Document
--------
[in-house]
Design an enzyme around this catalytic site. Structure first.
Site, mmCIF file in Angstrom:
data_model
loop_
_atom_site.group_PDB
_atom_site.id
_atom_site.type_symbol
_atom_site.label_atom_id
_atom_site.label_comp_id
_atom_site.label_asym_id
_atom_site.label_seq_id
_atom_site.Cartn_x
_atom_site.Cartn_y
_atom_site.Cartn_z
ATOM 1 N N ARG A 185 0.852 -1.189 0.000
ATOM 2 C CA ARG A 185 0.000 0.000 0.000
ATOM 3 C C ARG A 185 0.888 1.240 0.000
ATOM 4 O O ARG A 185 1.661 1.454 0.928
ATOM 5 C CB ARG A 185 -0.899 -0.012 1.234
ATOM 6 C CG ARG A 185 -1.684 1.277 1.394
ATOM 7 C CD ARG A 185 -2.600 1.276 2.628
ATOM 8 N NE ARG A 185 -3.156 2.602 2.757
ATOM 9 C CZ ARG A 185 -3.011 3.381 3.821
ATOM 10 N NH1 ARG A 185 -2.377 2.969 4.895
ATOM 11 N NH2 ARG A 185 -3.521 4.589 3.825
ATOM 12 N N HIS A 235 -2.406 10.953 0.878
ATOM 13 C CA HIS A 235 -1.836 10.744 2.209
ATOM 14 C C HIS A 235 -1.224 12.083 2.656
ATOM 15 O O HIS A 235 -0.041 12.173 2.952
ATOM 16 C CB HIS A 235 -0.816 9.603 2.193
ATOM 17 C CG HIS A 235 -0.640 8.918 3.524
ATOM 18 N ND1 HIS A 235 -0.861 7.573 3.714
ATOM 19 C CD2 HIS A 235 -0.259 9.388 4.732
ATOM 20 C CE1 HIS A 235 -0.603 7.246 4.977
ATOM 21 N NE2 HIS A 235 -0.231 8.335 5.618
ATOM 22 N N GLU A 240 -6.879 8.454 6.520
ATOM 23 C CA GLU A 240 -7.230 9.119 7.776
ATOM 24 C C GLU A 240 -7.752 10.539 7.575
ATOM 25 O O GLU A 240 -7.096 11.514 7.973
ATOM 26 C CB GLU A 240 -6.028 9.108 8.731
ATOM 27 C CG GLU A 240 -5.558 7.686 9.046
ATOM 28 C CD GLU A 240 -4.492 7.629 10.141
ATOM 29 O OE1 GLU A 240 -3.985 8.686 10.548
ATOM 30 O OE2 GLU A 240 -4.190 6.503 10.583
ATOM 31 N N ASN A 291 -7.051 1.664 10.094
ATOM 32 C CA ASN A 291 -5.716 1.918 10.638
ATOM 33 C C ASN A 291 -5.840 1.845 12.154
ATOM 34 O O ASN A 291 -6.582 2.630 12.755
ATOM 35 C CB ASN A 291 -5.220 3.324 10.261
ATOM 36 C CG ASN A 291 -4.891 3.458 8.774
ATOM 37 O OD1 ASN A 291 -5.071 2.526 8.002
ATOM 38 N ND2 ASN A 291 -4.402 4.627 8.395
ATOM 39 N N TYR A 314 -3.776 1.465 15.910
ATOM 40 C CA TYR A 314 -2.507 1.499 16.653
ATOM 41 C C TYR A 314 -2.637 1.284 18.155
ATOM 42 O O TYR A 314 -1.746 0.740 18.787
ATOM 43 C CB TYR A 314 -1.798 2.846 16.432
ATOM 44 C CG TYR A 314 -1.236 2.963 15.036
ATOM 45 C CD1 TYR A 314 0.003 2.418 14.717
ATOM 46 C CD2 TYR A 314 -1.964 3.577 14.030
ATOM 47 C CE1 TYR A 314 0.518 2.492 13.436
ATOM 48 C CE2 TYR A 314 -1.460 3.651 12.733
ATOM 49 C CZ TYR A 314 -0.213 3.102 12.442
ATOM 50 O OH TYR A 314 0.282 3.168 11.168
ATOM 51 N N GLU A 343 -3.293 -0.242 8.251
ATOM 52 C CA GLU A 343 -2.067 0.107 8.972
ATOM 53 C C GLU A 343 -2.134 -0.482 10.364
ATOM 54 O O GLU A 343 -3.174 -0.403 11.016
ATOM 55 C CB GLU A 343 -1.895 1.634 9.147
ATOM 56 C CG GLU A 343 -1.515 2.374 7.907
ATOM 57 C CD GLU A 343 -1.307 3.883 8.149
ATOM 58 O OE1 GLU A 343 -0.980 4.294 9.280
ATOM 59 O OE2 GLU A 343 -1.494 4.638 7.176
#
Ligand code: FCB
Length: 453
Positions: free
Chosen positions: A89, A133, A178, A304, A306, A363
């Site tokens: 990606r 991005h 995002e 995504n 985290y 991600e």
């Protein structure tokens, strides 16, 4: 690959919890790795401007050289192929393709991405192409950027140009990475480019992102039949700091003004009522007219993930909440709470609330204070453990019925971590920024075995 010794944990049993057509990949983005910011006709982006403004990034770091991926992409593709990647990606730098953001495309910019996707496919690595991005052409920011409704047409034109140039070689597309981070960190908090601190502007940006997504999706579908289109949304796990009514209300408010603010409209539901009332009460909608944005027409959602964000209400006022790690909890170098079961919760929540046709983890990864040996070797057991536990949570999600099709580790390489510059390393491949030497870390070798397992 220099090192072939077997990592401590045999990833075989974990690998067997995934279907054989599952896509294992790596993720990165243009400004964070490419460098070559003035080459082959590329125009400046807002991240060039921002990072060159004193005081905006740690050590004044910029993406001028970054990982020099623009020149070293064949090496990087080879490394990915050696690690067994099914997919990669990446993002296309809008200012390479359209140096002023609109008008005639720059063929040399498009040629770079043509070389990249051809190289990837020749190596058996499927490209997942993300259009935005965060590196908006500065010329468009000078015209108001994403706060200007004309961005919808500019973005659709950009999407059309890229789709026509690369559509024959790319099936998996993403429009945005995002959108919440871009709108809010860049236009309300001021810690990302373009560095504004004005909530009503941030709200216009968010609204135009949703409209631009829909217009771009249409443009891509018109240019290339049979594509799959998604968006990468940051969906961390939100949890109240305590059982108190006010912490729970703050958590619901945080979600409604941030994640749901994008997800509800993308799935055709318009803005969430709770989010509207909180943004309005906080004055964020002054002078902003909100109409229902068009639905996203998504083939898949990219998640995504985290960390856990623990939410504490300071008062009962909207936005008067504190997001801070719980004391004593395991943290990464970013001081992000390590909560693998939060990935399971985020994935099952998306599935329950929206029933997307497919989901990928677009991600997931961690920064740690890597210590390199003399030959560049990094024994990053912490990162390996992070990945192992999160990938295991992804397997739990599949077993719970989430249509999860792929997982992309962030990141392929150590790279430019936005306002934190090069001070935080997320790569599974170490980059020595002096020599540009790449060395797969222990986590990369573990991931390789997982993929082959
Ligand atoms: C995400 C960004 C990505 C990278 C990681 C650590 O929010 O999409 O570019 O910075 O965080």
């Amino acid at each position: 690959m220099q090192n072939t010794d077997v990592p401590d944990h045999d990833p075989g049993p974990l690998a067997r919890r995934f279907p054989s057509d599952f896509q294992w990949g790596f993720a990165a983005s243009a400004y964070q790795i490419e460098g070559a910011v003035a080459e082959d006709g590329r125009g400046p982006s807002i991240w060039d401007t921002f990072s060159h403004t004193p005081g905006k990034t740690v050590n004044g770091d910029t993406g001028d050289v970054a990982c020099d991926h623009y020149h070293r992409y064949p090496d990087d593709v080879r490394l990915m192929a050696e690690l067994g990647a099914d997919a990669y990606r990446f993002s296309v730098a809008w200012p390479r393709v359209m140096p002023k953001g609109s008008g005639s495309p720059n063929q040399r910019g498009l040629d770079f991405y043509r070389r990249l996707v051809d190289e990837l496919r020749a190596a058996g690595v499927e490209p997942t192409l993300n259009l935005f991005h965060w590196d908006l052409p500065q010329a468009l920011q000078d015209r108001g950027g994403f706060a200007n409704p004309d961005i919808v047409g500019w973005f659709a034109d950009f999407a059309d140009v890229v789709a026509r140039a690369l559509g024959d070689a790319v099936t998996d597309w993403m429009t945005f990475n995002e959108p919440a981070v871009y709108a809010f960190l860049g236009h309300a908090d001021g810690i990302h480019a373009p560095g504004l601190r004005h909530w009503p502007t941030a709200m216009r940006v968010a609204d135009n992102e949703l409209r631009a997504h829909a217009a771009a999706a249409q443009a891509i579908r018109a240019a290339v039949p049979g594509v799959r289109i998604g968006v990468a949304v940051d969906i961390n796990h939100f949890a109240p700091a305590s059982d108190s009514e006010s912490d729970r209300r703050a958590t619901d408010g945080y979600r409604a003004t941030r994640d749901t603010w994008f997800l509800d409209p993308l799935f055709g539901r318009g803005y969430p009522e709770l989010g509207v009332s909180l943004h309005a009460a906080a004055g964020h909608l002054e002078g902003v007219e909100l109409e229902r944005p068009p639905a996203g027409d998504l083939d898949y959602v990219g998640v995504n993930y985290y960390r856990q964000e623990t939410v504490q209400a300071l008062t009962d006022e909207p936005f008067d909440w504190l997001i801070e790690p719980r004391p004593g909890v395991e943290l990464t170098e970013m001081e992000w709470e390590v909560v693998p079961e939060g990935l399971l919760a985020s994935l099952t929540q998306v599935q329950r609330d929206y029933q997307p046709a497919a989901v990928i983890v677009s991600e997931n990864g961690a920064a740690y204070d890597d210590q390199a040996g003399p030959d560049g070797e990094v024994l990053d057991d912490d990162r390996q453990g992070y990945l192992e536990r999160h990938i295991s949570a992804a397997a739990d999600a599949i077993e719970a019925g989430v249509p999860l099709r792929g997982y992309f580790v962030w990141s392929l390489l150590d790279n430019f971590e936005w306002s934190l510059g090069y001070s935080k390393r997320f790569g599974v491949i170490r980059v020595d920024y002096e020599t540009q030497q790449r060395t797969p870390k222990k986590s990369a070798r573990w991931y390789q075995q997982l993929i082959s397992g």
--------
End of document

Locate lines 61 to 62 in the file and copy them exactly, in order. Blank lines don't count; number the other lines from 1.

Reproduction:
ATOM 46 C CD2 TYR A 314 -1.964 3.577 14.030
ATOM 47 C CE1 TYR A 314 0.518 2.492 13.436